Studio class is 12-3 pm.  Cost per class $10/member child, $15/non-member child.  Registration is required. Ages 5-7. 

Story Time in the Galleries
Thursday, February 20, 2014

The Quilt, by Ann Jonas: A small African-American girl is overjoyed with the new patchwork quilt her parents have made. As she sleeps, it comes alive, turning into a fantastical dreamscape she must enter in order to find her beloved stuffed dog. Travel to the studio after the story and share stories with local quilters while you make your own “no-sew” story quilt.

No registration required.  

Story Time is 11:15 am – 12:15 pm on the third Thursday of each month, when the museum offers complimentary gallery admission to all visitors. No registration required.  ALL AGES welcome!

Family Day: Printmakingpalooza!
Saturday, February 22, 2014

Have you ever used a rubber stamp or peeled silly putty off newspaper?  If you answered yes, then you’ve created a print.  Experimenting with printmaking allows young artists to try out different techniques and to see cause and effect in action more dramatically than with simply painting or drawing. Your budding master printmaker will enjoy testing unusual mediums like Jell-O and shaving cream at our printmaking “buffet,” which includes: mono-printing on the tabletop, gyotaku, or Japanese fish rubbing, printing with wheels, mirror-image string prints, Styrofoam, bubble wrap, and muffin tin printing, and macaroni collagraphs.

12-4 pm. Admission is free for families. No registration required. ALL AGES welcome!

Lego Landscape

Gravity and Grace Installation: Des Moines Art Center

By: Ellen Rudolph, Senior Curator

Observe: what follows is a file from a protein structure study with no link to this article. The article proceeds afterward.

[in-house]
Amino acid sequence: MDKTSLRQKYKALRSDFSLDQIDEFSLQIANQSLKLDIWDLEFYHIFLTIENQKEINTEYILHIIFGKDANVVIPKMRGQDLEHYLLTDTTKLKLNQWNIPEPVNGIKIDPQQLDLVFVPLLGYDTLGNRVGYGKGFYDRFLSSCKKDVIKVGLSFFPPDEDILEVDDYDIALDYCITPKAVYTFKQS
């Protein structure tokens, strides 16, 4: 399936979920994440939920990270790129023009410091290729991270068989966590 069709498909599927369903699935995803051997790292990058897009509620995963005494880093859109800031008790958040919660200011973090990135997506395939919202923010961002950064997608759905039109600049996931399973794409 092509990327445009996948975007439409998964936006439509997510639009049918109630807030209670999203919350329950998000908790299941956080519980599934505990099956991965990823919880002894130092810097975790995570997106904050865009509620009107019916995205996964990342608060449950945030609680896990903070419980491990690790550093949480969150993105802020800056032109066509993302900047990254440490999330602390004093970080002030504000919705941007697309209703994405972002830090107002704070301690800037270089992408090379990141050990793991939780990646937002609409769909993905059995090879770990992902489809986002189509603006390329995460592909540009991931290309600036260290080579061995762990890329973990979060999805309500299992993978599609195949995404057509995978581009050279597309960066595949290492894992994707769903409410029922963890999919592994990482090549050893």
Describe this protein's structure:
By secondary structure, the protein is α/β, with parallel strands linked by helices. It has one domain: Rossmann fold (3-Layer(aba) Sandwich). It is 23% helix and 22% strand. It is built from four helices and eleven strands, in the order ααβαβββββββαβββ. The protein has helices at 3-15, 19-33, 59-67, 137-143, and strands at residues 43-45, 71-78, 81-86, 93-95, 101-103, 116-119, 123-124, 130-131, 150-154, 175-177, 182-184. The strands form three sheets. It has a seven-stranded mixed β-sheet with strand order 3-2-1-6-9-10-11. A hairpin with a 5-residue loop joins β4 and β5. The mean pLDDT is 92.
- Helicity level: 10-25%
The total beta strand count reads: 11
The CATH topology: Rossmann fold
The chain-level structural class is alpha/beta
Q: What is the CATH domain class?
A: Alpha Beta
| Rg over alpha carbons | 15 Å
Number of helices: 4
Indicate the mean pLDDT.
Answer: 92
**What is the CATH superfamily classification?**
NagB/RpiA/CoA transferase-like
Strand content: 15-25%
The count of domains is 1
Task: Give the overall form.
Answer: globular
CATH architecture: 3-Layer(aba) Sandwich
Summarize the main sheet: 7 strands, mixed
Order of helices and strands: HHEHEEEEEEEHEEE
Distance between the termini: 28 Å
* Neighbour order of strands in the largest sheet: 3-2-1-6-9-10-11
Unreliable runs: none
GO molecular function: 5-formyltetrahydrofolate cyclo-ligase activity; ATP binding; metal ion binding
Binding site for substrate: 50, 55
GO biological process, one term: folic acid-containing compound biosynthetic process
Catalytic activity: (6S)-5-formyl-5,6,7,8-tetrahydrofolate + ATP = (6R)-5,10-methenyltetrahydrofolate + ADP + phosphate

El Anatsui and Ellen Rudolph

El Anatsui and Ellen Rudolph

It was very exciting to see Gravity and Grace installed in Des Moines! Because the Des Moines Art Center has three distinctive buildings and the exhibition was disbursed throughout, the work took on a different character in each space. Our chief preparator and exhibition designer Joe Walton spent several days in advance of El’s arrival helping the Des Moines crew get up to speed with hanging and sculpting. El arrived the Monday before the opening and was more hands-on with the installation this time around, so it was great to see the works that he had a major hand in shaping (Drain Pipe, Gravity and Grace and Ozone Layer, which had fans behind it to make the hanging elements flutter).

Installation of Gli here

Installation of Gli here

Installation of Gli at Brooklyn Museum

Installation of Gli at Brooklyn Museum

Installation of Gli at Des Moines Art Center
Installation of Gli at Des Moines Art Center

The works in the I.M. Pei building looked amazing against the hammer-brushed concrete walls and with natural light filling the space. Other works are integrated with Des Moine’s collection, most stunningly Garden Wall, which hangs in the Richard Meier building in a niche that looks like it was created just for the piece. You can view it from above, which is perfect for highlighting the floor components. Near it hangs a gorgeous Morris Louis painting with similar acid-green coloring, along with a John Chamberlain sculpture whose crushed steel reminds us of the metal bottle tops.

Gravity and Grace installed here

Gravity and Grace installed here

Gravity and Grace installed at Des Moines Art Center

Gravity and Grace installed at Des Moines Art Center

Between Akron, Brooklyn and Des Moines, the architecture and gallery layouts have affected the appearance of the art as much as the different approaches to shaping and sculpting the work. Can’t wait to see what happens in Miami and San Diego!

Each installation of Red Block has been different.

Each installation of Red Block has been different. Here you can compare and contrast our installation (top) with the installations at Brooklyn Museum and Des Moines Art Center. Collection of The Broad Art Foundation, Santa Monica

Art Shuffle

By: Elizabeth Carney, Curatorial Assistant

This week, the artworks are being removed from three galleries—but don’t worry, the walls won’t be empty for long (and there will still be plenty of art to see during these changes!)

The floors won’t be bare, either. Diana Al-Hadid’s monumental sculpture Nolli’s Orders will all but fill the space of the first room in the Sandra L. and Dennis B. Haslinger Family Foundation Galleries when this special exhibition opens the evening of November 22.

Diana Al-Hadid: Nolli's Orders

Diana Al-Hadid: Nolli’s Orders